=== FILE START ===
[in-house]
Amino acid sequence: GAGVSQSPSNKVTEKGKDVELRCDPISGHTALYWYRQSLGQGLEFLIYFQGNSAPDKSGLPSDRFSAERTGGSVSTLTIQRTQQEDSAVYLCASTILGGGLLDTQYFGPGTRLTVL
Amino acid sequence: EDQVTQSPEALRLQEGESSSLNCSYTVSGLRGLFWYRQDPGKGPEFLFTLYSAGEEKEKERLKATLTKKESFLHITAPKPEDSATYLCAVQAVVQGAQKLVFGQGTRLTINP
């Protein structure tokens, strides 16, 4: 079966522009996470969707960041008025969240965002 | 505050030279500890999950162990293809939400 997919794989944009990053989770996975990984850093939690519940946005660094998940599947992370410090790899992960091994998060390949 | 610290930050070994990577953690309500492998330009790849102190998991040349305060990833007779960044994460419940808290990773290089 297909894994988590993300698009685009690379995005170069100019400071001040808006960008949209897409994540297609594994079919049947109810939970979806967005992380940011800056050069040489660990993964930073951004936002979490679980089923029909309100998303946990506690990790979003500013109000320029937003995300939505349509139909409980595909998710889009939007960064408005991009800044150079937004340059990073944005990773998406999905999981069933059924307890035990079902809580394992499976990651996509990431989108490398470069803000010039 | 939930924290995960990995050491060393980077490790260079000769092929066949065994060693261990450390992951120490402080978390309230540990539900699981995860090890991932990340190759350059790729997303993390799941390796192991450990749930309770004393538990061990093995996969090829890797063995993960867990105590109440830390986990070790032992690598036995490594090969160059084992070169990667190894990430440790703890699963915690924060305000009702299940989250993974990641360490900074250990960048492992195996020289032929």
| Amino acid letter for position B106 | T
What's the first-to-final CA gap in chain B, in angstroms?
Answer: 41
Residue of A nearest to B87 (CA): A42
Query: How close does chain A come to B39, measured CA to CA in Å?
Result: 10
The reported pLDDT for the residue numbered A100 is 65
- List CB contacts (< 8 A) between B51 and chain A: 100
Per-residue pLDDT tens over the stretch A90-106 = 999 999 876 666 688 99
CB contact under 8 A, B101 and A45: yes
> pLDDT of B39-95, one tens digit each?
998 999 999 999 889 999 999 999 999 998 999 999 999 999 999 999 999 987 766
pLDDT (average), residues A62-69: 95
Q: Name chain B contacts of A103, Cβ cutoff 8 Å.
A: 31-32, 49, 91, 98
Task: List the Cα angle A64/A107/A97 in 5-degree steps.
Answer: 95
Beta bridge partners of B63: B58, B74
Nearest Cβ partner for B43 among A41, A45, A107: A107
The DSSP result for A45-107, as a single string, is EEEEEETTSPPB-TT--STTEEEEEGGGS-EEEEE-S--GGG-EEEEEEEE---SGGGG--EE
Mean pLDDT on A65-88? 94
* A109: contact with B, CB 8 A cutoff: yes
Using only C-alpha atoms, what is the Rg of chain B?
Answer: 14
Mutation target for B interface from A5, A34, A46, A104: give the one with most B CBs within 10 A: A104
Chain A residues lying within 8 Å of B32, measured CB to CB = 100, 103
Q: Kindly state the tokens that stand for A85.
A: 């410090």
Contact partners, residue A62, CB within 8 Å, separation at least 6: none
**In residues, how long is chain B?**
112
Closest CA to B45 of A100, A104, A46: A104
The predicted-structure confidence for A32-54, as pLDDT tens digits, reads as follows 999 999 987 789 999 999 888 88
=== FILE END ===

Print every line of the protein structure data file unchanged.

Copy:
[in-house]
Amino acid sequence: GAGVSQSPSNKVTEKGKDVELRCDPISGHTALYWYRQSLGQGLEFLIYFQGNSAPDKSGLPSDRFSAERTGGSVSTLTIQRTQQEDSAVYLCASTILGGGLLDTQYFGPGTRLTVL
Amino acid sequence: EDQVTQSPEALRLQEGESSSLNCSYTVSGLRGLFWYRQDPGKGPEFLFTLYSAGEEKEKERLKATLTKKESFLHITAPKPEDSATYLCAVQAVVQGAQKLVFGQGTRLTINP
């Protein structure tokens, strides 16, 4: 079966522009996470969707960041008025969240965002 | 505050030279500890999950162990293809939400 997919794989944009990053989770996975990984850093939690519940946005660094998940599947992370410090790899992960091994998060390949 | 610290930050070994990577953690309500492998330009790849102190998991040349305060990833007779960044994460419940808290990773290089 297909894994988590993300698009685009690379995005170069100019400071001040808006960008949209897409994540297609594994079919049947109810939970979806967005992380940011800056050069040489660990993964930073951004936002979490679980089923029909309100998303946990506690990790979003500013109000320029937003995300939505349509139909409980595909998710889009939007960064408005991009800044150079937004340059990073944005990773998406999905999981069933059924307890035990079902809580394992499976990651996509990431989108490398470069803000010039 | 939930924290995960990995050491060393980077490790260079000769092929066949065994060693261990450390992951120490402080978390309230540990539900699981995860090890991932990340190759350059790729997303993390799941390796192991450990749930309770004393538990061990093995996969090829890797063995993960867990105590109440830390986990070790032992690598036995490594090969160059084992070169990667190894990430440790703890699963915690924060305000009702299940989250993974990641360490900074250990960048492992195996020289032929």
| Amino acid letter for position B106 | T
What's the first-to-final CA gap in chain B, in angstroms?
Answer: 41
Residue of A nearest to B87 (CA): A42
Query: How close does chain A come to B39, measured CA to CA in Å?
Result: 10
The reported pLDDT for the residue numbered A100 is 65
- List CB contacts (< 8 A) between B51 and chain A: 100
Per-residue pLDDT tens over the stretch A90-106 = 999 999 876 666 688 99
CB contact under 8 A, B101 and A45: yes
> pLDDT of B39-95, one tens digit each?
998 999 999 999 889 999 999 999 999 998 999 999 999 999 999 999 999 987 766
pLDDT (average), residues A62-69: 95
Q: Name chain B contacts of A103, Cβ cutoff 8 Å.
A: 31-32, 49, 91, 98
Task: List the Cα angle A64/A107/A97 in 5-degree steps.
Answer: 95
Beta bridge partners of B63: B58, B74
Nearest Cβ partner for B43 among A41, A45, A107: A107
The DSSP result for A45-107, as a single string, is EEEEEETTSPPB-TT--STTEEEEEGGGS-EEEEE-S--GGG-EEEEEEEE---SGGGG--EE
Mean pLDDT on A65-88? 94
* A109: contact with B, CB 8 A cutoff: yes
Using only C-alpha atoms, what is the Rg of chain B?
Answer: 14
Mutation target for B interface from A5, A34, A46, A104: give the one with most B CBs within 10 A: A104
Chain A residues lying within 8 Å of B32, measured CB to CB = 100, 103
Q: Kindly state the tokens that stand for A85.
A: 């410090």
Contact partners, residue A62, CB within 8 Å, separation at least 6: none
**In residues, how long is chain B?**
112
Closest CA to B45 of A100, A104, A46: A104
The predicted-structure confidence for A32-54, as pLDDT tens digits, reads as follows 999 999 987 789 999 999 888 88